London’s historic George Tavern venue has been saved after years of campaigning

It was at risk of closure due to housing development plans

London’s George Tavern venue has been saved following years of extensive campaigning, it has been announced.

The historic East End pub – a Grade II listed building – was threatened with closure due to new housing developments nearby, with developers wanting protection from noise complaints.

Over the course of a lengthy campaign to keep the venue open, the team gained support from artists such as John Cooper Clarke, Kaiser Chiefs, Lianne La Havas, and more.

Setting out to secure a rare landmark ruling, which was won by Ministry Of Sound in 2013, the George Tavern has now become the second-ever venue in the UK to win a Deed of Easement bill.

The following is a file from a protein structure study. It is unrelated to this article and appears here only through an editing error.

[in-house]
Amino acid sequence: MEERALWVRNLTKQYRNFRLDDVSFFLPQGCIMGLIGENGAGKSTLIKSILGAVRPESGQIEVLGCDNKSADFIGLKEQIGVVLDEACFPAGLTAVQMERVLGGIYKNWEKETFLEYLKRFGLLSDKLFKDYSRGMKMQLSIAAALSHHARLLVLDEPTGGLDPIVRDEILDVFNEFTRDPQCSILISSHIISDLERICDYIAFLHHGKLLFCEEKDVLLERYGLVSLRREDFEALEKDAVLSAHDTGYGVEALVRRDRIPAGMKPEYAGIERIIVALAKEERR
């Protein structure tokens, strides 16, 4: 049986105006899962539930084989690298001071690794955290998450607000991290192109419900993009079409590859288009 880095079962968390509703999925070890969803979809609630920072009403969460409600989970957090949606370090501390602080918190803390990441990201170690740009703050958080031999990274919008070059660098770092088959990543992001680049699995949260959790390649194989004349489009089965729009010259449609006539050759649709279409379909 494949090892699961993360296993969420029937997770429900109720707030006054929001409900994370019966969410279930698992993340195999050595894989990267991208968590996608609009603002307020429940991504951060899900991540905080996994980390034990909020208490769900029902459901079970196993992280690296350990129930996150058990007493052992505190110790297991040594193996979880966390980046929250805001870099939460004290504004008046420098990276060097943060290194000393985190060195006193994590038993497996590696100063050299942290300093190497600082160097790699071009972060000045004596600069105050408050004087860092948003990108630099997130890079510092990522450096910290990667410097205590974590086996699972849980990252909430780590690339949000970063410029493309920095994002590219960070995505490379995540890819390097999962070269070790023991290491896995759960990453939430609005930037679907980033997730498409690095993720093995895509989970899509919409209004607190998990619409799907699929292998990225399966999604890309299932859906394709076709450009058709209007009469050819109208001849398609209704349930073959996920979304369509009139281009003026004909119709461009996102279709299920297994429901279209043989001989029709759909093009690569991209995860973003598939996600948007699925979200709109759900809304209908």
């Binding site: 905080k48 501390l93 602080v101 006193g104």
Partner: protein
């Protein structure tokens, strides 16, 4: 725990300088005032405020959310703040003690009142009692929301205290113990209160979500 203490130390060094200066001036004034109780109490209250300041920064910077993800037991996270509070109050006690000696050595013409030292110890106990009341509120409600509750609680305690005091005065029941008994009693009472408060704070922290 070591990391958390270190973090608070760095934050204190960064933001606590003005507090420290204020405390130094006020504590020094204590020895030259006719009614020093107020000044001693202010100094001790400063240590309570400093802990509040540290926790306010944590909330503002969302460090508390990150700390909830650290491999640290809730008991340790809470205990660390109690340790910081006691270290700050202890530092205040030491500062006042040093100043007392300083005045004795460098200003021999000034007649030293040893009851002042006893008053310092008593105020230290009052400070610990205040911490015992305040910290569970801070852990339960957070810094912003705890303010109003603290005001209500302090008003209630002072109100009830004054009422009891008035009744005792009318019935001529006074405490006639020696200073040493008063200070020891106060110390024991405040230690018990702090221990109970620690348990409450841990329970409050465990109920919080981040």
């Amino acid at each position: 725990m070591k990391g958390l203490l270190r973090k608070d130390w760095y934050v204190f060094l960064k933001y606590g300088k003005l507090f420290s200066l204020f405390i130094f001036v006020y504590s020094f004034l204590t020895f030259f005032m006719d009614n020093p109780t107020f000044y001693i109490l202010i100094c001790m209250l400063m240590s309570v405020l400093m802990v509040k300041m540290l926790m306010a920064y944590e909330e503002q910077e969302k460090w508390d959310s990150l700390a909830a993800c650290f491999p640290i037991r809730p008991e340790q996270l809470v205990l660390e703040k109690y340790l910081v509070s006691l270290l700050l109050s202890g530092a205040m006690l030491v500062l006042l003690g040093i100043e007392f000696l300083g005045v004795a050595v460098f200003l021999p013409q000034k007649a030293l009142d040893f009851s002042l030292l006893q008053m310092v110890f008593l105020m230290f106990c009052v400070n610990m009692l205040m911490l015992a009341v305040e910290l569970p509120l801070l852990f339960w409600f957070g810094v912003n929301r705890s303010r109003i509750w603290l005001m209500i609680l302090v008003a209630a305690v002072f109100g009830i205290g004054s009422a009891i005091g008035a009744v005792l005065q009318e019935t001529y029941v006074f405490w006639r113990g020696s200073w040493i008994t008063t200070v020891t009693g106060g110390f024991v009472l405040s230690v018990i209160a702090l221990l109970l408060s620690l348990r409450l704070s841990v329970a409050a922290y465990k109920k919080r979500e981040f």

“We’re thrilled to announce that, after years of campaigning, THE GEORGE TAVERN HAS BEEN OFFICIALLY SAVED,” a statement reads on the venue’s Facebook page.

“Yesterday, the deed of easement proposal was accepted by Tower Hamlets Council, protecting our live music operation!!”

The message continues: “We thank Ed Bayes, Culture at Risk Officer, in particular for all his efforts as well as Amy Lamé, Paul Broadhurst, Music Venue Trust and many more. Our achievements have set an important precedent in emboldening the Agent of Change principle for venues across the country.”

The George Tavern plan to celebrate the news and the end of the campaign with an event on March 15. “Thank you for all your support and see you there !!!” the post concludes.

Promoting the campaign back in 2014, Kaiser Chiefs frontman Ricky Wilson said: “Live music is something this country should be very proud of. It does not start on the television screen, it starts on a sticky carpet in front of a dusty curtain.”